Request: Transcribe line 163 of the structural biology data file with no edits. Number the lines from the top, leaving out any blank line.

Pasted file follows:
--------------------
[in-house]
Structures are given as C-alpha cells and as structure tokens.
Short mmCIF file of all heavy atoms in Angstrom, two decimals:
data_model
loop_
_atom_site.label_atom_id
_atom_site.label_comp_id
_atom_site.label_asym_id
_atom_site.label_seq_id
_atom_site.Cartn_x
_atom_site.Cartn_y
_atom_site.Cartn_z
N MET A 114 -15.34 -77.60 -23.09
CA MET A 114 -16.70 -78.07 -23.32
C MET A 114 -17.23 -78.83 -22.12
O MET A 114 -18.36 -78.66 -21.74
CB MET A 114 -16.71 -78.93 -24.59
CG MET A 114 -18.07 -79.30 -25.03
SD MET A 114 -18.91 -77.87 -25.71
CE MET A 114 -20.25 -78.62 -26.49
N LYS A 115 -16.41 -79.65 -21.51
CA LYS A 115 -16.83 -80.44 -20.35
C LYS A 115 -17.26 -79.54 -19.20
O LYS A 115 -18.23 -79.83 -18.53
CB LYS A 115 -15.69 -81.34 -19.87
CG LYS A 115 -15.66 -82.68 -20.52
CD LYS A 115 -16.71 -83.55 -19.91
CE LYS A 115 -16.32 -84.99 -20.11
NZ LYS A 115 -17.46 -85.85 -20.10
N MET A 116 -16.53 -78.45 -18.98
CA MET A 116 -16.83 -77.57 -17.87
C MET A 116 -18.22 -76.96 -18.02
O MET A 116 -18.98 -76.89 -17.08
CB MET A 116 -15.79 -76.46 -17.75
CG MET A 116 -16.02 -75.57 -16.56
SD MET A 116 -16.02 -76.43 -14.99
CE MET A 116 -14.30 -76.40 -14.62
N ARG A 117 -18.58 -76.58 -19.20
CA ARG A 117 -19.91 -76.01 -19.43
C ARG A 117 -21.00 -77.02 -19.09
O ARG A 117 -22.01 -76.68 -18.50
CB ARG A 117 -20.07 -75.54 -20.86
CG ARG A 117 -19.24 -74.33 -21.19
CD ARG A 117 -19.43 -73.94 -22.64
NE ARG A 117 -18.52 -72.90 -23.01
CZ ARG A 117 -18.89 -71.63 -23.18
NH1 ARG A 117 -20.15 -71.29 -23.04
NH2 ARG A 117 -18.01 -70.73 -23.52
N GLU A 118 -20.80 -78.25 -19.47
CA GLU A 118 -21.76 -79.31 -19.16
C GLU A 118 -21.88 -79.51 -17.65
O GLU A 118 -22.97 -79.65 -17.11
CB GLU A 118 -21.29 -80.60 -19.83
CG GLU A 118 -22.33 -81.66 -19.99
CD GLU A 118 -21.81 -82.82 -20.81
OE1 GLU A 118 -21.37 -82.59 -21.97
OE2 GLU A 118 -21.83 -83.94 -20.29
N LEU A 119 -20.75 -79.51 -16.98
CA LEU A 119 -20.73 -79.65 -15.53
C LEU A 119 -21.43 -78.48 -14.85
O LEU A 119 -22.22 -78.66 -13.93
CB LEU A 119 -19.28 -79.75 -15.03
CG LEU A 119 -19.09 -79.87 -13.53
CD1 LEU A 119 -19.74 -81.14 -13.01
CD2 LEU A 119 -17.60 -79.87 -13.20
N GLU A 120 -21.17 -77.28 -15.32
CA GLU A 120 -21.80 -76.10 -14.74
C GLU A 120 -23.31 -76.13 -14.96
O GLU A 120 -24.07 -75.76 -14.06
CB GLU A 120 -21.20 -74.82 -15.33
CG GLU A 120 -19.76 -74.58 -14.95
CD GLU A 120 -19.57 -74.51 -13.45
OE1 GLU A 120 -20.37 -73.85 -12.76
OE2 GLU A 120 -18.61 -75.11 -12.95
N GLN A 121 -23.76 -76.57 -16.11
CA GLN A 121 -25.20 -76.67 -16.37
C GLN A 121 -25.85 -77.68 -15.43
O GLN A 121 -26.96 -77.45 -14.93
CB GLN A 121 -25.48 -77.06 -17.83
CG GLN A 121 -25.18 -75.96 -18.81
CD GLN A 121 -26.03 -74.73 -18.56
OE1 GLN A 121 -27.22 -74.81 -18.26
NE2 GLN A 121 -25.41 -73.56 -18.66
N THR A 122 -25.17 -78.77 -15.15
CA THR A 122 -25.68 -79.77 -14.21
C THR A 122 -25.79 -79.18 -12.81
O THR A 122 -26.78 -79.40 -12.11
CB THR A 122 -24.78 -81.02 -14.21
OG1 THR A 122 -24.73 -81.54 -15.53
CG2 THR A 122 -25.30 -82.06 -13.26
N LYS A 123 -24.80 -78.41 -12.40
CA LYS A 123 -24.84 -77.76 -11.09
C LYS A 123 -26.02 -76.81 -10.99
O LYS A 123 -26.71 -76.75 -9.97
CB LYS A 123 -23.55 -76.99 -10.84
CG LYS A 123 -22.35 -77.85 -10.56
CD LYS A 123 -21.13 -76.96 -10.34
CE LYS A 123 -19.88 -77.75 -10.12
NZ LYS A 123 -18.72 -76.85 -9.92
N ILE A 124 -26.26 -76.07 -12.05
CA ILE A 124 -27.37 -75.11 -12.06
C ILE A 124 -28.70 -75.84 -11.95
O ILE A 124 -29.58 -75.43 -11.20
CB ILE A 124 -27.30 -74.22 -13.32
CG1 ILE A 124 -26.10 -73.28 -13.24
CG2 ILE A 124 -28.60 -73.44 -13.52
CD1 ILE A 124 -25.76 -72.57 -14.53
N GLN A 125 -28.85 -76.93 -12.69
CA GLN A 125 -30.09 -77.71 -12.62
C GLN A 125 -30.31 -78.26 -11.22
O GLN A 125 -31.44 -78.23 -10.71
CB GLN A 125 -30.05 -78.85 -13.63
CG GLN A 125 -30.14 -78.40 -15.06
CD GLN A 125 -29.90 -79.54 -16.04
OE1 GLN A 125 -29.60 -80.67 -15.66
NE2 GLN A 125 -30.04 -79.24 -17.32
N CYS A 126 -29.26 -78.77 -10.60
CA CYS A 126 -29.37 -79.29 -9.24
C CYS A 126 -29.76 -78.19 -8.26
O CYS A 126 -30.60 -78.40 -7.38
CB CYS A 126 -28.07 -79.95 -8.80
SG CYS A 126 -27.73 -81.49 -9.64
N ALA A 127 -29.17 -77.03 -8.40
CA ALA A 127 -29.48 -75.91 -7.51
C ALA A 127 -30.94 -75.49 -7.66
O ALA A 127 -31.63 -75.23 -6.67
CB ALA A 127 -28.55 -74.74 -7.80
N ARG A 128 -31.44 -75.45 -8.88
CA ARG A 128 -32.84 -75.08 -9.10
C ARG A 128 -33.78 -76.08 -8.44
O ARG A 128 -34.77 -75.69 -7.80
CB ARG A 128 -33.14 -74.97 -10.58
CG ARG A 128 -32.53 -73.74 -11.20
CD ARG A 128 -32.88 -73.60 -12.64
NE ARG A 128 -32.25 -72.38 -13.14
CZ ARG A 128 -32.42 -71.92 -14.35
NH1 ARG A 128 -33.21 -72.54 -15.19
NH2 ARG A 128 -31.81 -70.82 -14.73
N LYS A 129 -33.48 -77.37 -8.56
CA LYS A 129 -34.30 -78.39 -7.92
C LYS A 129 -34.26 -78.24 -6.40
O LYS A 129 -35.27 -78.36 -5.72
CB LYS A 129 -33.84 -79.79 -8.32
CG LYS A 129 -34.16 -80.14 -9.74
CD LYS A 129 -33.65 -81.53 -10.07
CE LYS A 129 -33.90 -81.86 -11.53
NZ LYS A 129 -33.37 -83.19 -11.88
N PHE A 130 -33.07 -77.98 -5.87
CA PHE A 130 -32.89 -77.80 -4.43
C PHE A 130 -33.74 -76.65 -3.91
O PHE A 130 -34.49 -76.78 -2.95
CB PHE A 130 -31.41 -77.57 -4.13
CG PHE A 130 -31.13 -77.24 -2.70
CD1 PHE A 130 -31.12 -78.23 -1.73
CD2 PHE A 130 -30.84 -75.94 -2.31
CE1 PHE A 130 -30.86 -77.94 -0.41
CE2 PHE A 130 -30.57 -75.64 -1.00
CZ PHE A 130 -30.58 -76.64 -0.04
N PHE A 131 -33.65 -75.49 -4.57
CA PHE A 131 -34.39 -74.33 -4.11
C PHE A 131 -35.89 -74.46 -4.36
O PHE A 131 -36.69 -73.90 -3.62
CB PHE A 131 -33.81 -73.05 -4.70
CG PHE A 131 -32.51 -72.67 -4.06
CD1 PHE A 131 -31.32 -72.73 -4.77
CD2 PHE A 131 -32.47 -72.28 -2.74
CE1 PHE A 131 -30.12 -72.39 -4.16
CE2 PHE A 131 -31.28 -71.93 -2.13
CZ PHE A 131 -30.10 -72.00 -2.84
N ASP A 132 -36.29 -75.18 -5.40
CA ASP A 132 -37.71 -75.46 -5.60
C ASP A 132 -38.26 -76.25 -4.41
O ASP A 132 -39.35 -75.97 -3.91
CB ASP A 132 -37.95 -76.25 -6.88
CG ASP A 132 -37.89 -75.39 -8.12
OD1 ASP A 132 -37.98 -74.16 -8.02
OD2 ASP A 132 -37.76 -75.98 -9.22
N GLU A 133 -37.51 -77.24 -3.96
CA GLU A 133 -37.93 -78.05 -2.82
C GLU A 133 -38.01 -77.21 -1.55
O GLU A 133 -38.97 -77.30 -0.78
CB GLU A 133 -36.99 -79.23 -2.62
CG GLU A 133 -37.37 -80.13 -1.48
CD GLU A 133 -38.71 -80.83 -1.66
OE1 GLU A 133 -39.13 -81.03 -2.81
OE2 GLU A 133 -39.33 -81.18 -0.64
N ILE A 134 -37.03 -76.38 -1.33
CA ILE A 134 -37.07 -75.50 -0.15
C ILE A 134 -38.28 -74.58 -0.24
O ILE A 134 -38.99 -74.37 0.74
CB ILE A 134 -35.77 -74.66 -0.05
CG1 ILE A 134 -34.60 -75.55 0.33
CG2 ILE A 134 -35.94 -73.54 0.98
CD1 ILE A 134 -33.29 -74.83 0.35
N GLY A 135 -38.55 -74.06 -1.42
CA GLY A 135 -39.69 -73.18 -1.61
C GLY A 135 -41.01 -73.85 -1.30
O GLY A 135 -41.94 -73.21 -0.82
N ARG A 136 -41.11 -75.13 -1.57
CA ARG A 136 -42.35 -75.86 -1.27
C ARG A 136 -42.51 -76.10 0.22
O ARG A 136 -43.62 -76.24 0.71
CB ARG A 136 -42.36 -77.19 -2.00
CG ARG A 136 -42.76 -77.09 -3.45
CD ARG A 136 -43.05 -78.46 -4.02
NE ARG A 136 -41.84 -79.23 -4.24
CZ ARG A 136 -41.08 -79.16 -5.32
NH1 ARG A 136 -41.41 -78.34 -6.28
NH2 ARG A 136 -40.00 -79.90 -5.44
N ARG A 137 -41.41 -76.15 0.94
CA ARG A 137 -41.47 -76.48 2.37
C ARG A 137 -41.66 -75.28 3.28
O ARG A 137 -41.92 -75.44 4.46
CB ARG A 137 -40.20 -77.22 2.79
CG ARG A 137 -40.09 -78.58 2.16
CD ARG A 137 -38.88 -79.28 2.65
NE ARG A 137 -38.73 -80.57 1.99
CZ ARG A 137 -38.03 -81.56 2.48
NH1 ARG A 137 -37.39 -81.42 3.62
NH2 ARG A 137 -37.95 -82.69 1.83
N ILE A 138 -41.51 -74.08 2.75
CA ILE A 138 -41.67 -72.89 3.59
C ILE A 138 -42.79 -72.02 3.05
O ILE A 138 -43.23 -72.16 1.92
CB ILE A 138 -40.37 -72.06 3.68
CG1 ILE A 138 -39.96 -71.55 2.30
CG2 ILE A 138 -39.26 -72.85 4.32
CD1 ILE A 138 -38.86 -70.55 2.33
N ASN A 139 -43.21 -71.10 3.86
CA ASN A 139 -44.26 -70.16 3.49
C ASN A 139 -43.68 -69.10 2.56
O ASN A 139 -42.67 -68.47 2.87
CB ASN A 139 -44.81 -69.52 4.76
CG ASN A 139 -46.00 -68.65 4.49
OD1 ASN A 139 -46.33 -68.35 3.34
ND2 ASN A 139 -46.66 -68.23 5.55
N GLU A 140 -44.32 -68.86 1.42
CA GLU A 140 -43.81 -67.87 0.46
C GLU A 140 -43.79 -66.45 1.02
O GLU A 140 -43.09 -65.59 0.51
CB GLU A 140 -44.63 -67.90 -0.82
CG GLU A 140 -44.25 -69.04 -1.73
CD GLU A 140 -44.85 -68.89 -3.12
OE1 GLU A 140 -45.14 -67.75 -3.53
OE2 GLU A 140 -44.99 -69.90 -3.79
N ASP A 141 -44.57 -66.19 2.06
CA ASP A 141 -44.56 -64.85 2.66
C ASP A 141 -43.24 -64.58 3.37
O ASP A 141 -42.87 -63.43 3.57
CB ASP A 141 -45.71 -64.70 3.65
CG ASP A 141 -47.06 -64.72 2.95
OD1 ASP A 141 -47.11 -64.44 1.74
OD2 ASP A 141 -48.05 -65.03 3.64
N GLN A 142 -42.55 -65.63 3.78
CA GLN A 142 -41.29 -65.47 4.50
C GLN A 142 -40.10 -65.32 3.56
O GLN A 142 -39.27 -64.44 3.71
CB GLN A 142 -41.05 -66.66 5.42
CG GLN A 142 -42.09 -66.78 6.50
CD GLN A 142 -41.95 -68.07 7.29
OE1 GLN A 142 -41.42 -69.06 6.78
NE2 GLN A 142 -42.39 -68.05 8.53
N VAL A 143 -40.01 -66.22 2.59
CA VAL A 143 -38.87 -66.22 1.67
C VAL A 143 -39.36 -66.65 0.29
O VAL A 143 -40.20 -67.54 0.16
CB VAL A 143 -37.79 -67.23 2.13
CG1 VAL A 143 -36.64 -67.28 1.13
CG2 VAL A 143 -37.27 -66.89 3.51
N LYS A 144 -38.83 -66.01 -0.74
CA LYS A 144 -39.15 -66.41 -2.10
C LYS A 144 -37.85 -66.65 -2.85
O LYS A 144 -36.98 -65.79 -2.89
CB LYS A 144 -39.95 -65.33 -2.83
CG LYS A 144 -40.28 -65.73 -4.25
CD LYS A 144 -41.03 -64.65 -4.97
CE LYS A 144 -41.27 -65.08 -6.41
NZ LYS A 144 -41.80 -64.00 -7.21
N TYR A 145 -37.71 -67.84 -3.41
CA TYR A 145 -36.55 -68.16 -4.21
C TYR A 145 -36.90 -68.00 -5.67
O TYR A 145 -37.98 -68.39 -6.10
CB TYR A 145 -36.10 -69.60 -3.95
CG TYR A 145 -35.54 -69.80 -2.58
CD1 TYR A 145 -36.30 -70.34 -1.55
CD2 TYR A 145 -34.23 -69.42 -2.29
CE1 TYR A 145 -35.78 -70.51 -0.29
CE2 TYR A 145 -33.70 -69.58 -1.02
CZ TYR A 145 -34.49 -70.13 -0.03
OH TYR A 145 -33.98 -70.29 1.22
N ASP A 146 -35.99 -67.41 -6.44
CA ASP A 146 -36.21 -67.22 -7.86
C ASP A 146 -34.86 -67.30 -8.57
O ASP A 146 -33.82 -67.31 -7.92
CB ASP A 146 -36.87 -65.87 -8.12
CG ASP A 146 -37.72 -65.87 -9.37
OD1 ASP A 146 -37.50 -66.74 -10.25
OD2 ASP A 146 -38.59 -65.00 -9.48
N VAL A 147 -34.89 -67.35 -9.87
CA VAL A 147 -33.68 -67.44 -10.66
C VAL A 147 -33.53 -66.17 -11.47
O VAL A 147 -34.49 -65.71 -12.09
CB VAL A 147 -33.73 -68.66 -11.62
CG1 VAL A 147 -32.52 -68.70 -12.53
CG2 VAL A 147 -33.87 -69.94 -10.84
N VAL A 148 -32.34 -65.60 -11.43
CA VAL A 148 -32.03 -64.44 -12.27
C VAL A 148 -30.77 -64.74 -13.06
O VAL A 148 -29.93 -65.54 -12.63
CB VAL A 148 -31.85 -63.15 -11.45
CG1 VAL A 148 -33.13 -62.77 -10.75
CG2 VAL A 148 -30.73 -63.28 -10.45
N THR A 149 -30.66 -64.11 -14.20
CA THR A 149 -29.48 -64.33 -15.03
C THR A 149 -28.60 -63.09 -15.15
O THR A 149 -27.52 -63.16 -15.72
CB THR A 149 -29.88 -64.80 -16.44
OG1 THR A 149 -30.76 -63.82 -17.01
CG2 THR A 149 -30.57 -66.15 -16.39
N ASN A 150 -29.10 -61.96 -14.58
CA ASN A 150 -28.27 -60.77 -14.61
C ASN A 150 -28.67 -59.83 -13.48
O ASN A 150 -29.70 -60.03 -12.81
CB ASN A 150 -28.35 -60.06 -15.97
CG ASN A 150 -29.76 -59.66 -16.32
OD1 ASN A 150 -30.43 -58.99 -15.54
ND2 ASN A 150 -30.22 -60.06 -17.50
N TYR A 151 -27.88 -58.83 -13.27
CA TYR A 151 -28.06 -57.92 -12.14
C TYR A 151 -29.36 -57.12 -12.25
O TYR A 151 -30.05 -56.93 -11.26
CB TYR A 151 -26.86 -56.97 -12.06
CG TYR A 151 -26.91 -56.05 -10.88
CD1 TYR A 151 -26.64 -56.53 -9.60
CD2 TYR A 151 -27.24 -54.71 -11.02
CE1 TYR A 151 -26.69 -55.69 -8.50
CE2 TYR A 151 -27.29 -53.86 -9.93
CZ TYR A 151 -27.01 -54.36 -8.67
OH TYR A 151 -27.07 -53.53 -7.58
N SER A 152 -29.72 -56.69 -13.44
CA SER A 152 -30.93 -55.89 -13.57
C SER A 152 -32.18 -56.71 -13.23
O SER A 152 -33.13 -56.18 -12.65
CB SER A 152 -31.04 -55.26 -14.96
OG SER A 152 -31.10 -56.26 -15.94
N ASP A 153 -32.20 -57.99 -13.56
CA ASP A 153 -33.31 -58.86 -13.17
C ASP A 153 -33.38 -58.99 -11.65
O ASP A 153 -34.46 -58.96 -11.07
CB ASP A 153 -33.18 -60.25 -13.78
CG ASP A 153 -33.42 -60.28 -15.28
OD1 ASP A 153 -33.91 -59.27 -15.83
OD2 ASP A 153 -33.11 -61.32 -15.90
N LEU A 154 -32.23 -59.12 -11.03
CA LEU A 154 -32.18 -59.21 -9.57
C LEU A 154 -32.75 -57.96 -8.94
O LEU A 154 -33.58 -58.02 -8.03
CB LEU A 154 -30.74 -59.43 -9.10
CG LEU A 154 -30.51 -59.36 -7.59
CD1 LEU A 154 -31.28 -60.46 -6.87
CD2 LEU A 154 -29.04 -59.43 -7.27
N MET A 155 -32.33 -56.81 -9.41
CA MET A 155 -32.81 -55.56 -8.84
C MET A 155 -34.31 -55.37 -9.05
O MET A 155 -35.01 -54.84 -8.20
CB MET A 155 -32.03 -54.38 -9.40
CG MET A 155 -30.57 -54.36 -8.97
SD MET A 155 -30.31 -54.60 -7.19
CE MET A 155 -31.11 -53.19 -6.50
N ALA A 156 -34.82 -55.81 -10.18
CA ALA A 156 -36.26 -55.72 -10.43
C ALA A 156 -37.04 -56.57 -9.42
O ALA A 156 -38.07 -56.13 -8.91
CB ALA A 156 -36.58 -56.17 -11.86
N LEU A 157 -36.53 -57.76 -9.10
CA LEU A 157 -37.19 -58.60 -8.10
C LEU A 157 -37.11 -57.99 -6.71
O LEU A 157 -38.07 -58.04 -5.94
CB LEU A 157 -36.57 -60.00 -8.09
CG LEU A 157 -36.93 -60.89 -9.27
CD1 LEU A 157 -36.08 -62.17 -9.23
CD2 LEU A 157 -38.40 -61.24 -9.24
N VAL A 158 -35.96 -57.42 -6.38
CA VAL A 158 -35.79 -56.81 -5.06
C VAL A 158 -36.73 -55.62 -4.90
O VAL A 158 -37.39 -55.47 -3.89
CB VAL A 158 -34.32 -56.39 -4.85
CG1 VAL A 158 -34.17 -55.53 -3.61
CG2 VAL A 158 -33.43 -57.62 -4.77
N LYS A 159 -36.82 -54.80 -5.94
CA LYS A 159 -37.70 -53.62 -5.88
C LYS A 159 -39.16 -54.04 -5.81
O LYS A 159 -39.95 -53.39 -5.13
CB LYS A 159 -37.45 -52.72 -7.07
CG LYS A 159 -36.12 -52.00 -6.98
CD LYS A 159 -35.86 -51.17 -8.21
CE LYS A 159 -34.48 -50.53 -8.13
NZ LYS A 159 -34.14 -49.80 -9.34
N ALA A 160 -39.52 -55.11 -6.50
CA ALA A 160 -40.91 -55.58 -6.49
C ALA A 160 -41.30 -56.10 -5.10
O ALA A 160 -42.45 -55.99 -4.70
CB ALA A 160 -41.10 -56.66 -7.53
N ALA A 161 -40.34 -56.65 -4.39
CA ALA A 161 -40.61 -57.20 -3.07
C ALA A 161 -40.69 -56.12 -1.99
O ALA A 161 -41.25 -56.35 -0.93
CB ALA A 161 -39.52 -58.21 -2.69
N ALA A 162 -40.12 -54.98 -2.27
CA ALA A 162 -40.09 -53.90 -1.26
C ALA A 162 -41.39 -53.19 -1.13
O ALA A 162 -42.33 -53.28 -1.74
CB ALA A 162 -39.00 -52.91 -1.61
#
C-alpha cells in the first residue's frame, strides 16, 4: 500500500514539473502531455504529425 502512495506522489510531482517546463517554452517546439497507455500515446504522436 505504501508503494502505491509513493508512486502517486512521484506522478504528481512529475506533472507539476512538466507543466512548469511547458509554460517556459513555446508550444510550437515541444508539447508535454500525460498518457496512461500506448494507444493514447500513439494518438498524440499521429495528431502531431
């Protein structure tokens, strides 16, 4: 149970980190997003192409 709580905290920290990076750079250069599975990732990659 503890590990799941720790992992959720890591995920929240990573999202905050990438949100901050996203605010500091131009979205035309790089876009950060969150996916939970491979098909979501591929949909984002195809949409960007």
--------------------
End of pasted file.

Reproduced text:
CB PHE A 131 -33.81 -73.05 -4.70